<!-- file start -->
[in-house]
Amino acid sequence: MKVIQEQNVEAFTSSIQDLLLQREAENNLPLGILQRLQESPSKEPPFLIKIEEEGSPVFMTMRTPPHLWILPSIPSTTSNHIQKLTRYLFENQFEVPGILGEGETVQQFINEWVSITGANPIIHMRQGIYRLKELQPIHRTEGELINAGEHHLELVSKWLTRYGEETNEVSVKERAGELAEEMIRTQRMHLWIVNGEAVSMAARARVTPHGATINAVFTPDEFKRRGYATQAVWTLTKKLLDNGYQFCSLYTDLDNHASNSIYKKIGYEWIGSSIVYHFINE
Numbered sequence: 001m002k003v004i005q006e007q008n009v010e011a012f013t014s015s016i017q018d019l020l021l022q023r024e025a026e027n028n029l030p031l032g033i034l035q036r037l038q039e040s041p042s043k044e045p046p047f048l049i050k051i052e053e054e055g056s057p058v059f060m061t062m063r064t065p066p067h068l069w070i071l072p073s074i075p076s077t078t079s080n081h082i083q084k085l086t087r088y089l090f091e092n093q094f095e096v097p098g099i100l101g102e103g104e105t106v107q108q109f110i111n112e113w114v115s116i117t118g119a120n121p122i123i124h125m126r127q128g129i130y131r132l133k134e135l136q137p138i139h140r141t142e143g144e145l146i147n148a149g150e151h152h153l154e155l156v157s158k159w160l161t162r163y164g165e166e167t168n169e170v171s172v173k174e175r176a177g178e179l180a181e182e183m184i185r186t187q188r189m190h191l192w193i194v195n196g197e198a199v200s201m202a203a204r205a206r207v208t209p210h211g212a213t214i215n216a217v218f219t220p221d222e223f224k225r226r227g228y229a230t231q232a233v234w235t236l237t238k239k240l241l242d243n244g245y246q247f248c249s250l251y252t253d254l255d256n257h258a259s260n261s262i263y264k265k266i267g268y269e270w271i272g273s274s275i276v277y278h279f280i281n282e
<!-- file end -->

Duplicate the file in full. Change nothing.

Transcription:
[in-house]
Amino acid sequence: MKVIQEQNVEAFTSSIQDLLLQREAENNLPLGILQRLQESPSKEPPFLIKIEEEGSPVFMTMRTPPHLWILPSIPSTTSNHIQKLTRYLFENQFEVPGILGEGETVQQFINEWVSITGANPIIHMRQGIYRLKELQPIHRTEGELINAGEHHLELVSKWLTRYGEETNEVSVKERAGELAEEMIRTQRMHLWIVNGEAVSMAARARVTPHGATINAVFTPDEFKRRGYATQAVWTLTKKLLDNGYQFCSLYTDLDNHASNSIYKKIGYEWIGSSIVYHFINE
Numbered sequence: 001m002k003v004i005q006e007q008n009v010e011a012f013t014s015s016i017q018d019l020l021l022q023r024e025a026e027n028n029l030p031l032g033i034l035q036r037l038q039e040s041p042s043k044e045p046p047f048l049i050k051i052e053e054e055g056s057p058v059f060m061t062m063r064t065p066p067h068l069w070i071l072p073s074i075p076s077t078t079s080n081h082i083q084k085l086t087r088y089l090f091e092n093q094f095e096v097p098g099i100l101g102e103g104e105t106v107q108q109f110i111n112e113w114v115s116i117t118g119a120n121p122i123i124h125m126r127q128g129i130y131r132l133k134e135l136q137p138i139h140r141t142e143g144e145l146i147n148a149g150e151h152h153l154e155l156v157s158k159w160l161t162r163y164g165e166e167t168n169e170v171s172v173k174e175r176a177g178e179l180a181e182e183m184i185r186t187q188r189m190h191l192w193i194v195n196g197e198a199v200s201m202a203a204r205a206r207v208t209p210h211g212a213t214i215n216a217v218f219t220p221d222e223f224k225r226r227g228y229a230t231q232a233v234w235t236l237t238k239k240l241l242d243n244g245y246q247f248c249s250l251y252t253d254l255d256n257h258a259s260n261s262i263y264k265k266i267g268y269e270w271i272g273s274s275i276v277y278h279f280i281n282e